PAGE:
# Choquet-Kendall-Matheron theorem

A theorem characterizing the distribution of a random closed set in terms of the Choquet capacity functional [a1]. This theorem was established independently by D.G. Kendall [a2] and G. Matheron [a3] in their work on random closed sets.

Let $ {\mathcal F} $ and $ {\mathcal K} $ be the family of closed and compact subsets of $ \mathbf R ^ {d} $, respectively. The family $ {\mathcal F} $ is endowed with the hit-or-miss topology, which is generated by

$$ {\mathcal F} _ {G _ {1} \dots G _ {n} } ^ {K} = $$

$$ = \left \{ {F \in {\mathcal F} } : {F \cap G _ {i} \neq \emptyset ( i = 1 \dots n ) , F \cap K = \emptyset } \right \} , $$

for a compact set $ K $ and open sets $ G _ {i} $. Let $ \Sigma _ {\mathcal F} $ be the Borel $ \sigma $- algebra generated by the hit-or-miss topology. Then $ \Sigma _ {\mathcal F} $ is the smallest $ \sigma $- algebra of subsets of $ {\mathcal F} $ containing the sets

$$ {\mathcal F} _ {K} = \left \{ {F \in {\mathcal F} } : {F \cap K \neq \emptyset } \right \} , K \in {\mathcal K}. $$

Now, a random closed set $ \Xi $ is an $ {\mathcal F} $- valued random element. Its distribution is described by the corresponding probability measure $ {\mathsf P} $ on $ \Sigma _ {\mathcal F} $:

$$ {\mathsf P} ( {\mathcal F} _ {G _ {1} \dots G _ {n} } ^ {K} ) = $$

$$ = {\mathsf P} ( \Xi \cap K = \emptyset, \Xi \cap G _ {i} \neq \emptyset, i = 1 \dots n ) . $$

This distribution can also be characterized by the functional

$$ T _ \Xi ( K ) = {\mathsf P} ( \Xi \cap K \neq \emptyset ) , K \in {\mathcal K}. $$

The functional $ T _ \Xi $ is an alternating Choquet capacity of infinite order. This means that:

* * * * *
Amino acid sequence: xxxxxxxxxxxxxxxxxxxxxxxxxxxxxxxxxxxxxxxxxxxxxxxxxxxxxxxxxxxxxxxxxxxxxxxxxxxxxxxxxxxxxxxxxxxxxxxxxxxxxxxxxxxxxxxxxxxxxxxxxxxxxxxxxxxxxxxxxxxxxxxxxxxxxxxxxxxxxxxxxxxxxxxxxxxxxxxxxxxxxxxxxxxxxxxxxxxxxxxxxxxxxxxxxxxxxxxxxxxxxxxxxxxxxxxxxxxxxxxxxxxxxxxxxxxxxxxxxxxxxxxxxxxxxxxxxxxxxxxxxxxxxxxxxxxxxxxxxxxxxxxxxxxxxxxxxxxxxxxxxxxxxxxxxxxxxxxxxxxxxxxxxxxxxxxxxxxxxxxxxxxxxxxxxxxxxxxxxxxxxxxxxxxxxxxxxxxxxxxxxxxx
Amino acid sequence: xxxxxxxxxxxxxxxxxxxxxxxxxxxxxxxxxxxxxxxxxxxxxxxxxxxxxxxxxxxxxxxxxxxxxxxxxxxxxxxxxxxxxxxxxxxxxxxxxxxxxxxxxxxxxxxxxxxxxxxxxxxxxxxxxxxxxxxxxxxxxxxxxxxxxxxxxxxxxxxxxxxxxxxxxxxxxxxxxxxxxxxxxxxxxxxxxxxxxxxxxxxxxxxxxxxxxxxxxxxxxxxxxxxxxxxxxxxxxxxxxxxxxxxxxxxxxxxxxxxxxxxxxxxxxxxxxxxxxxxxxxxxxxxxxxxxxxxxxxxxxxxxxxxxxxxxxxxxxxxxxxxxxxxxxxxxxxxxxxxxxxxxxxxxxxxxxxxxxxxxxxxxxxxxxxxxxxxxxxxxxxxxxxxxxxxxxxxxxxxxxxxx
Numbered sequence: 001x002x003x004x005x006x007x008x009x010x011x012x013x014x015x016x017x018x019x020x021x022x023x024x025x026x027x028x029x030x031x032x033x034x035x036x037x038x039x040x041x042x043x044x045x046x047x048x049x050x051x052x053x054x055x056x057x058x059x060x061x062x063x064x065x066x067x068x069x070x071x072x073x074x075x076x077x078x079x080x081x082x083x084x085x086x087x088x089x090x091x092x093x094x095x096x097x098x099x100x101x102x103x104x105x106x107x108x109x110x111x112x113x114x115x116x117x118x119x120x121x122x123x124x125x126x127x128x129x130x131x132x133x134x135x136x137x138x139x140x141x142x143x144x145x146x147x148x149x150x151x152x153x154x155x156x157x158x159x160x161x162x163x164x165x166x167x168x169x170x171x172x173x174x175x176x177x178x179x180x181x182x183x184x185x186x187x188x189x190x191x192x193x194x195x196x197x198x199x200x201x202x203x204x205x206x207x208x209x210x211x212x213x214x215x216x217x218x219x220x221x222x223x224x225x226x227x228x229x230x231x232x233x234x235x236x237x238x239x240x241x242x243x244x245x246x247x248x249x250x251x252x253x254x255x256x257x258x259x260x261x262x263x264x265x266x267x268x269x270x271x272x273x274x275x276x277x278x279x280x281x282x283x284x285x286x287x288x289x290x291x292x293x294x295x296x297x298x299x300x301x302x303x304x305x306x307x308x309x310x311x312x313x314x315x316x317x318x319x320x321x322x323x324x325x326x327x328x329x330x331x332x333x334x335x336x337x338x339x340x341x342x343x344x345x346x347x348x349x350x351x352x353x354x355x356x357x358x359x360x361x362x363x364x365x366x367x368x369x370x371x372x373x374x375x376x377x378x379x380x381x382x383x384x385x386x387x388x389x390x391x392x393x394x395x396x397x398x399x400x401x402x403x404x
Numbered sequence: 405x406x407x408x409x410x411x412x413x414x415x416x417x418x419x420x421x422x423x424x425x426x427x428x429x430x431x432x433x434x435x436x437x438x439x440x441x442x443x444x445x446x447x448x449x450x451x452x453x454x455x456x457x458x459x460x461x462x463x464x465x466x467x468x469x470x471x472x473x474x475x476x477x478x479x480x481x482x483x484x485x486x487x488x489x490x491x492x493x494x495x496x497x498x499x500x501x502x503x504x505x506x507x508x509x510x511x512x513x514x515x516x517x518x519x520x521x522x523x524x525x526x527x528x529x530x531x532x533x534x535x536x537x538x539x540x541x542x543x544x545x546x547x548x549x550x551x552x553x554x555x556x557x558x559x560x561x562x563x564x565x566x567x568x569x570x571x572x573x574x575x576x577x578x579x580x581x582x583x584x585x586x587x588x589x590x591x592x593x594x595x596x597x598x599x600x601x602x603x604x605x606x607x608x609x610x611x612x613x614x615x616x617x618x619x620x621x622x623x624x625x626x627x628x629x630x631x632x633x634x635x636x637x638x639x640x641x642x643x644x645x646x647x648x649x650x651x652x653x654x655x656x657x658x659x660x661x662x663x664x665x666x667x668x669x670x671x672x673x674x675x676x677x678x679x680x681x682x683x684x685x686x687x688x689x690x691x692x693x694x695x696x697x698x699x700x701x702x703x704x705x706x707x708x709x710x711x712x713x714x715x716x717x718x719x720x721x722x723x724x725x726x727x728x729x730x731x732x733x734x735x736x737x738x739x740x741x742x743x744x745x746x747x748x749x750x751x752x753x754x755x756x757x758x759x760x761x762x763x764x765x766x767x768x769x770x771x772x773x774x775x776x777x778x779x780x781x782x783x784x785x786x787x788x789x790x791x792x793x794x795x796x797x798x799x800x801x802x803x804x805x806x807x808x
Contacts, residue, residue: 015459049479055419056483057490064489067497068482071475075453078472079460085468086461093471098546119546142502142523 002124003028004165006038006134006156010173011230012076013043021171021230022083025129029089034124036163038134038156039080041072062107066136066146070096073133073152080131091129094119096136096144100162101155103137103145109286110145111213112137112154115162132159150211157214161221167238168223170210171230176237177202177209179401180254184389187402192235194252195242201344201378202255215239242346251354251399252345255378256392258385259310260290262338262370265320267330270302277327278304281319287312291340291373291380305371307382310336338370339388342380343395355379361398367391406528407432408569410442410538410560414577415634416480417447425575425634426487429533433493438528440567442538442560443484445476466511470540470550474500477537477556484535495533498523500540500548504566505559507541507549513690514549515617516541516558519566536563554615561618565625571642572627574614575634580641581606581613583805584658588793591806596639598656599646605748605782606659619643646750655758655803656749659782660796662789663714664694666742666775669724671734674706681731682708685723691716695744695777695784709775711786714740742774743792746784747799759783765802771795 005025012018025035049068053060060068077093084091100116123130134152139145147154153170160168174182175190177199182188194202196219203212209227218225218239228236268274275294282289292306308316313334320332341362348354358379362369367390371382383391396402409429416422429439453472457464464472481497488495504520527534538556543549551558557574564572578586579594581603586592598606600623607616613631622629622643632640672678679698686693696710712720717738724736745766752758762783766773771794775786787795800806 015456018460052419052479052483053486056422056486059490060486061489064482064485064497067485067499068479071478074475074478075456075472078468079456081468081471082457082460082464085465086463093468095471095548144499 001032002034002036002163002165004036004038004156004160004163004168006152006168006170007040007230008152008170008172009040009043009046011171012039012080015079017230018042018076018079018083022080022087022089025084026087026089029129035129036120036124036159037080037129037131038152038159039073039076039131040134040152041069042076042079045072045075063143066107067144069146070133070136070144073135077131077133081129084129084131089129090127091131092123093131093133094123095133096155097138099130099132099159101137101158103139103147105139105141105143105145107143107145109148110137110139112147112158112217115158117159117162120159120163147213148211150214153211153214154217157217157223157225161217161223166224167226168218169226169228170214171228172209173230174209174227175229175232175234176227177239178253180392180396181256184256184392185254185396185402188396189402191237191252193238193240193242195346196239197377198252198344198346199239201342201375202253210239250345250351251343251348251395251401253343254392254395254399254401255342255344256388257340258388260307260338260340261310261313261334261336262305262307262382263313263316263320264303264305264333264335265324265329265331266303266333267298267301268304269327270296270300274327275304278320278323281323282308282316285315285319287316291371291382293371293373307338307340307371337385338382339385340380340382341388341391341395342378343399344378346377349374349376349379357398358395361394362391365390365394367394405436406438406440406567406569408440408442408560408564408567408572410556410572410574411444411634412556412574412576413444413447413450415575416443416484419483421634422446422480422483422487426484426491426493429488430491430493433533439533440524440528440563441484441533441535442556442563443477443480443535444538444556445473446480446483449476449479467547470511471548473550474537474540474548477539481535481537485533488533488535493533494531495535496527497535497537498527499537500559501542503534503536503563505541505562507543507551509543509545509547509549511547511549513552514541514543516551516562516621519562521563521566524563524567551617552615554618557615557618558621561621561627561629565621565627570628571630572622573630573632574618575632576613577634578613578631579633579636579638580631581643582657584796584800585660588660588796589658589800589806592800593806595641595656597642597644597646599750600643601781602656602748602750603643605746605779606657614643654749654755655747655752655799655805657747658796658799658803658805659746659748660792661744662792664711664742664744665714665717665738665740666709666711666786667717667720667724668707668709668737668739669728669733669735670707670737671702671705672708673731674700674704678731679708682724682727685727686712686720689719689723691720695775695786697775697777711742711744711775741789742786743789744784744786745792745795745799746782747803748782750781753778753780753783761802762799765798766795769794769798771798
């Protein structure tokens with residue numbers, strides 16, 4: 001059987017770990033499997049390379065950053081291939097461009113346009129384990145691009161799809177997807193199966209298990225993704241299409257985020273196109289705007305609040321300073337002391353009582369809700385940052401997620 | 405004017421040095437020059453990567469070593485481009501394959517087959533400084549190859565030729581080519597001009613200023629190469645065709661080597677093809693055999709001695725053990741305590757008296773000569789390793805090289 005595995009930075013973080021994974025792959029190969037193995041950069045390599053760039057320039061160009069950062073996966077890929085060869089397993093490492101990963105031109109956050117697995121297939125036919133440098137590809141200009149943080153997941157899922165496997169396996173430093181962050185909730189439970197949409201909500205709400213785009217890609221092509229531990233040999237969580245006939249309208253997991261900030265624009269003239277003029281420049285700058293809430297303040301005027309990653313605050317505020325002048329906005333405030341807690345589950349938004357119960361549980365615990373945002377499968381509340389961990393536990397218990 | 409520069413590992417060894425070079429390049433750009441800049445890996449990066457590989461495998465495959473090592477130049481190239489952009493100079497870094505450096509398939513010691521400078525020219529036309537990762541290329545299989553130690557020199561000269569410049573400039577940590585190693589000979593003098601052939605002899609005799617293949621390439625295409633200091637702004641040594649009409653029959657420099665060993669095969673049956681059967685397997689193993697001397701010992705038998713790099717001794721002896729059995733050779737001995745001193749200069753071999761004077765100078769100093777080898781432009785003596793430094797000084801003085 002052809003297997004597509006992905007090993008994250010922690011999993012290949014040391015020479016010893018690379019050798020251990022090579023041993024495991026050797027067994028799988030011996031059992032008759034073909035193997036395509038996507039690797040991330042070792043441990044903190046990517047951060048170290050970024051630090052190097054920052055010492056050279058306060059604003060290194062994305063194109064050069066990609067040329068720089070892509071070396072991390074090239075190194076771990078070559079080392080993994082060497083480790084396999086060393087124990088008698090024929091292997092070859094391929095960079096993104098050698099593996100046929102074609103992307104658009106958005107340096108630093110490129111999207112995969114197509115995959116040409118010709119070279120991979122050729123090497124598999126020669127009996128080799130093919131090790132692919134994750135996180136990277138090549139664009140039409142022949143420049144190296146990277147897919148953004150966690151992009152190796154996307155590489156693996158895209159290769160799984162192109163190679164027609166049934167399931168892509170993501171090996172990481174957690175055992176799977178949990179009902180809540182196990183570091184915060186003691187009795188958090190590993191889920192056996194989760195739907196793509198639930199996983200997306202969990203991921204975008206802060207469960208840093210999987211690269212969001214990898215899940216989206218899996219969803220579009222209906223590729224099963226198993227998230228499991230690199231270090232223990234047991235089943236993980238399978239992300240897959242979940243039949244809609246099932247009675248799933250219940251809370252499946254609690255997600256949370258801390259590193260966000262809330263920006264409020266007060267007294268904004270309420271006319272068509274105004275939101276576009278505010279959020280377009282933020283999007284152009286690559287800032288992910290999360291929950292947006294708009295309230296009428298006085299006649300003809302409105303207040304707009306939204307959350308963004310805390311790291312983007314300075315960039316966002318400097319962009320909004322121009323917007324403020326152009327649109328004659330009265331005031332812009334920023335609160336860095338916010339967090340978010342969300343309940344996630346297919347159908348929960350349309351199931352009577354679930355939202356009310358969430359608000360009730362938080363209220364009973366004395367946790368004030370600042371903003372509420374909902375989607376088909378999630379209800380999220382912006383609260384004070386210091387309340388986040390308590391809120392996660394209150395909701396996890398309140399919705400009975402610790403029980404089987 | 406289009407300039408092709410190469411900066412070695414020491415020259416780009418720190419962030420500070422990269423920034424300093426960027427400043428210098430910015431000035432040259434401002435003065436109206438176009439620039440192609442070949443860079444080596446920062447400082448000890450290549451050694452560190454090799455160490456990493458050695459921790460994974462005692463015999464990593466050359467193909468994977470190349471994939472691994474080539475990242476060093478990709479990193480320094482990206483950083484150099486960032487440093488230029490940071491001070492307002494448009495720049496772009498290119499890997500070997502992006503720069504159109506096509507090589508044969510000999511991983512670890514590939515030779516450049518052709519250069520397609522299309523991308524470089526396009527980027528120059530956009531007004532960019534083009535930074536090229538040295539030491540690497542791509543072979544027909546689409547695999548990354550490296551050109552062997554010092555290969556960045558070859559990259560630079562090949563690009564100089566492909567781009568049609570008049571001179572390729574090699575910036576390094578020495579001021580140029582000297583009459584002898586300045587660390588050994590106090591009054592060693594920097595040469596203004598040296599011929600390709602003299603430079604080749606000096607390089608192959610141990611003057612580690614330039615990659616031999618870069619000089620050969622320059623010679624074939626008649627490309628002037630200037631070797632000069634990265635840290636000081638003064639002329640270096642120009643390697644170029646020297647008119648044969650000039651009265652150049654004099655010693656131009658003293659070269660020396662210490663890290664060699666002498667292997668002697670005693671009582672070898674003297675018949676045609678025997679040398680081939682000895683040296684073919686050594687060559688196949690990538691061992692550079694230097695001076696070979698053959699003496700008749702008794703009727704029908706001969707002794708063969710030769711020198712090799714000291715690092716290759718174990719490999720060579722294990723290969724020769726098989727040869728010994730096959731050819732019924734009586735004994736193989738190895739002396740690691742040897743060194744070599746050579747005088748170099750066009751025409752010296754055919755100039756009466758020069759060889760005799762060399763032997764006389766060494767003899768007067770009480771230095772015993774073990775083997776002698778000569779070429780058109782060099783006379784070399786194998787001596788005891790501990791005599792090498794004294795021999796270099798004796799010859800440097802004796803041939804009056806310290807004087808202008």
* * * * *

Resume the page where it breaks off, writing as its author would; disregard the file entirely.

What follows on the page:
i) $ T _ \Xi $ is upper semi-continuous ( $ K _ {n} \downarrow K $ implies $ T _ \Xi ( K _ {n} ) \downarrow T _ \Xi ( K ) $; cf. also Semi-continuous function);

ii) $ S _ {n} ( K;K _ {1} \dots K _ {n} ) \geq 0 $, $ n \geq 0 $, where

$$ S _ {0} ( K ) = 1 - T _ \Xi ( K ) , $$

$$ S _ {n} ( K;K _ {1} \dots K _ {n} ) = S _ {n - 1 } ( K;K _ {1} \dots K _ {n - 1 } ) - $$

$$ - S _ {n - 1 } ( K \cup K _ {n} ;K _ {1} \dots K _ {n - 1 } ) . $$

The values $ S _ {n} ( K;K _ {1} \dots K _ {n} ) $ can be interpreted as the probability that $ \Xi $ does not intersect $ K $ but does intersect $ K _ {1} \dots K _ {n} $.

The Choquet–Kendall–Matheron theorem asserts that given a functional $ T $ on $ {\mathcal K} $, there exists a distribution $ {\mathsf P} $ on $ {\mathcal F} $ with

$$ {\mathsf P} ( {\mathcal F} _ {K} ) = T ( K ) , K \in {\mathcal K}, $$

if and only if $ T $ is an alternating Choquet capacity of infinite order with $ 0 \leq T ( K ) \leq 1 $ and $ T ( \emptyset ) = 0 $. This distribution is necessarily unique.

See [a4] for applications.

#### References

[a1] | G. Choquet, "Theory of capacities" Ann. Inst. Fourier , V (1953-1954) pp. 131–295 |

[a2] | D.G. Kendall, "Foundations of a theory of random sets" E.F. Harding (ed.) D.G. Kendall (ed.) , Stochastic Geometry , Wiley (1974) pp. 322–376 |

[a3] | G. Matheron, "Random sets and integral geometry" , Wiley (1975) |

[a4] | D. Stoyan, W.S. Kendall, J. Mecke, "Stochastic geometry and its applications" , Wiley (1995) (Edition: Second) |

**How to Cite This Entry:**

Choquet-Kendall-Matheron theorem.

*Encyclopedia of Mathematics.*URL: http://encyclopediaofmath.org/index.php?title=Choquet-Kendall-Matheron_theorem&oldid=46339